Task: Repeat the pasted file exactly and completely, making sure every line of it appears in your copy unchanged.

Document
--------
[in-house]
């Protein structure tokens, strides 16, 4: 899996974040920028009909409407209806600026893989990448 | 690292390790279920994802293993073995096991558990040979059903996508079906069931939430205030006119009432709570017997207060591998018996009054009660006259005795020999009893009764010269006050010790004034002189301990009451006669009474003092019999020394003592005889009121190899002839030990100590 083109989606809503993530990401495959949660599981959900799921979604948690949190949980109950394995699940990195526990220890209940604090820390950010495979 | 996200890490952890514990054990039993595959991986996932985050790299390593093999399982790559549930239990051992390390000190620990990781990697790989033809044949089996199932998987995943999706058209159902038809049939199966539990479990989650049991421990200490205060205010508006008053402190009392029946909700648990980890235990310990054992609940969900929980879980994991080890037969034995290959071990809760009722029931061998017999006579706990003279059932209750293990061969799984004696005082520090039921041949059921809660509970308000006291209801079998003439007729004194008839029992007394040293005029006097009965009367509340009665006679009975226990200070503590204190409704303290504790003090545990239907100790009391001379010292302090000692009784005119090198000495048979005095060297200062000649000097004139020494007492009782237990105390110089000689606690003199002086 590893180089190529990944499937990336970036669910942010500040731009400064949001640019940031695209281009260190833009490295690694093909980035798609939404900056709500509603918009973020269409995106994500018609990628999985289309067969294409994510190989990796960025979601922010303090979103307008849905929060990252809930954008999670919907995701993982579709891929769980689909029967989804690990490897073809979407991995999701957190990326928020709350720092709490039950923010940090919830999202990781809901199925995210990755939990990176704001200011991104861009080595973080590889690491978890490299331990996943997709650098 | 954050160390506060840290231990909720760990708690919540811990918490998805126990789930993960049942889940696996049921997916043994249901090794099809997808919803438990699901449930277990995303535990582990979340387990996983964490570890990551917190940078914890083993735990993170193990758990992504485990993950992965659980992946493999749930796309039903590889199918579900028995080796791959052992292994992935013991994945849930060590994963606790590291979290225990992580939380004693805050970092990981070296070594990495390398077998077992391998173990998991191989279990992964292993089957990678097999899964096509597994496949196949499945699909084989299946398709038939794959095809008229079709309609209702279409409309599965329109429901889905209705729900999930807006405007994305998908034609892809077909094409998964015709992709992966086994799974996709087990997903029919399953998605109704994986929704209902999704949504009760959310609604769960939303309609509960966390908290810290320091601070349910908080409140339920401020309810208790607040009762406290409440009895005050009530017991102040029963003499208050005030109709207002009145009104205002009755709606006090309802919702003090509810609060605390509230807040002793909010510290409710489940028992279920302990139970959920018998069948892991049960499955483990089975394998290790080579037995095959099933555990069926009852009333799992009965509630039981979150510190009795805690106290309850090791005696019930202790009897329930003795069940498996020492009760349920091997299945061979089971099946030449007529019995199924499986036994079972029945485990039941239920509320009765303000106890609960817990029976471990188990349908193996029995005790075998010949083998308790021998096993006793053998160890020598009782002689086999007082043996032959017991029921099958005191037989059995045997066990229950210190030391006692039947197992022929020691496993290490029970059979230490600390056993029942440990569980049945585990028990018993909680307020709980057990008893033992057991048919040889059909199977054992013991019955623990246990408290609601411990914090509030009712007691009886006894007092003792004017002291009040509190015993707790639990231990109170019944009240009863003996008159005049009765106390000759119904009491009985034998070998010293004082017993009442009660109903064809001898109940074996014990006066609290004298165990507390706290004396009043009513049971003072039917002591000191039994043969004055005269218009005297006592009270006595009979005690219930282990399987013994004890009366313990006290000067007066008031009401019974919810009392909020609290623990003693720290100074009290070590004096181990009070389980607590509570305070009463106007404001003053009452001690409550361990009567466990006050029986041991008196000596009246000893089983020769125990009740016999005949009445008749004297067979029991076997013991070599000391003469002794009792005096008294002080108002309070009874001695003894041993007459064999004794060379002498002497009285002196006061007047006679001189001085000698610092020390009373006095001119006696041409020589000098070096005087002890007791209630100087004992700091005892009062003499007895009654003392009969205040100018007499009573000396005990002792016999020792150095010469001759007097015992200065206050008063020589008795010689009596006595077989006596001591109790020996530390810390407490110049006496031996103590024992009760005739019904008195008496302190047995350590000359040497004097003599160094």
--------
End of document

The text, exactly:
[in-house]
């Protein structure tokens, strides 16, 4: 899996974040920028009909409407209806600026893989990448 | 690292390790279920994802293993073995096991558990040979059903996508079906069931939430205030006119009432709570017997207060591998018996009054009660006259005795020999009893009764010269006050010790004034002189301990009451006669009474003092019999020394003592005889009121190899002839030990100590 083109989606809503993530990401495959949660599981959900799921979604948690949190949980109950394995699940990195526990220890209940604090820390950010495979 | 996200890490952890514990054990039993595959991986996932985050790299390593093999399982790559549930239990051992390390000190620990990781990697790989033809044949089996199932998987995943999706058209159902038809049939199966539990479990989650049991421990200490205060205010508006008053402190009392029946909700648990980890235990310990054992609940969900929980879980994991080890037969034995290959071990809760009722029931061998017999006579706990003279059932209750293990061969799984004696005082520090039921041949059921809660509970308000006291209801079998003439007729004194008839029992007394040293005029006097009965009367509340009665006679009975226990200070503590204190409704303290504790003090545990239907100790009391001379010292302090000692009784005119090198000495048979005095060297200062000649000097004139020494007492009782237990105390110089000689606690003199002086 590893180089190529990944499937990336970036669910942010500040731009400064949001640019940031695209281009260190833009490295690694093909980035798609939404900056709500509603918009973020269409995106994500018609990628999985289309067969294409994510190989990796960025979601922010303090979103307008849905929060990252809930954008999670919907995701993982579709891929769980689909029967989804690990490897073809979407991995999701957190990326928020709350720092709490039950923010940090919830999202990781809901199925995210990755939990990176704001200011991104861009080595973080590889690491978890490299331990996943997709650098 | 954050160390506060840290231990909720760990708690919540811990918490998805126990789930993960049942889940696996049921997916043994249901090794099809997808919803438990699901449930277990995303535990582990979340387990996983964490570890990551917190940078914890083993735990993170193990758990992504485990993950992965659980992946493999749930796309039903590889199918579900028995080796791959052992292994992935013991994945849930060590994963606790590291979290225990992580939380004693805050970092990981070296070594990495390398077998077992391998173990998991191989279990992964292993089957990678097999899964096509597994496949196949499945699909084989299946398709038939794959095809008229079709309609209702279409409309599965329109429901889905209705729900999930807006405007994305998908034609892809077909094409998964015709992709992966086994799974996709087990997903029919399953998605109704994986929704209902999704949504009760959310609604769960939303309609509960966390908290810290320091601070349910908080409140339920401020309810208790607040009762406290409440009895005050009530017991102040029963003499208050005030109709207002009145009104205002009755709606006090309802919702003090509810609060605390509230807040002793909010510290409710489940028992279920302990139970959920018998069948892991049960499955483990089975394998290790080579037995095959099933555990069926009852009333799992009965509630039981979150510190009795805690106290309850090791005696019930202790009897329930003795069940498996020492009760349920091997299945061979089971099946030449007529019995199924499986036994079972029945485990039941239920509320009765303000106890609960817990029976471990188990349908193996029995005790075998010949083998308790021998096993006793053998160890020598009782002689086999007082043996032959017991029921099958005191037989059995045997066990229950210190030391006692039947197992022929020691496993290490029970059979230490600390056993029942440990569980049945585990028990018993909680307020709980057990008893033992057991048919040889059909199977054992013991019955623990246990408290609601411990914090509030009712007691009886006894007092003792004017002291009040509190015993707790639990231990109170019944009240009863003996008159005049009765106390000759119904009491009985034998070998010293004082017993009442009660109903064809001898109940074996014990006066609290004298165990507390706290004396009043009513049971003072039917002591000191039994043969004055005269218009005297006592009270006595009979005690219930282990399987013994004890009366313990006290000067007066008031009401019974919810009392909020609290623990003693720290100074009290070590004096181990009070389980607590509570305070009463106007404001003053009452001690409550361990009567466990006050029986041991008196000596009246000893089983020769125990009740016999005949009445008749004297067979029991076997013991070599000391003469002794009792005096008294002080108002309070009874001695003894041993007459064999004794060379002498002497009285002196006061007047006679001189001085000698610092020390009373006095001119006696041409020589000098070096005087002890007791209630100087004992700091005892009062003499007895009654003392009969205040100018007499009573000396005990002792016999020792150095010469001759007097015992200065206050008063020589008795010689009596006595077989006596001591109790020996530390810390407490110049006496031996103590024992009760005739019904008195008496302190047995350590000359040497004097003599160094």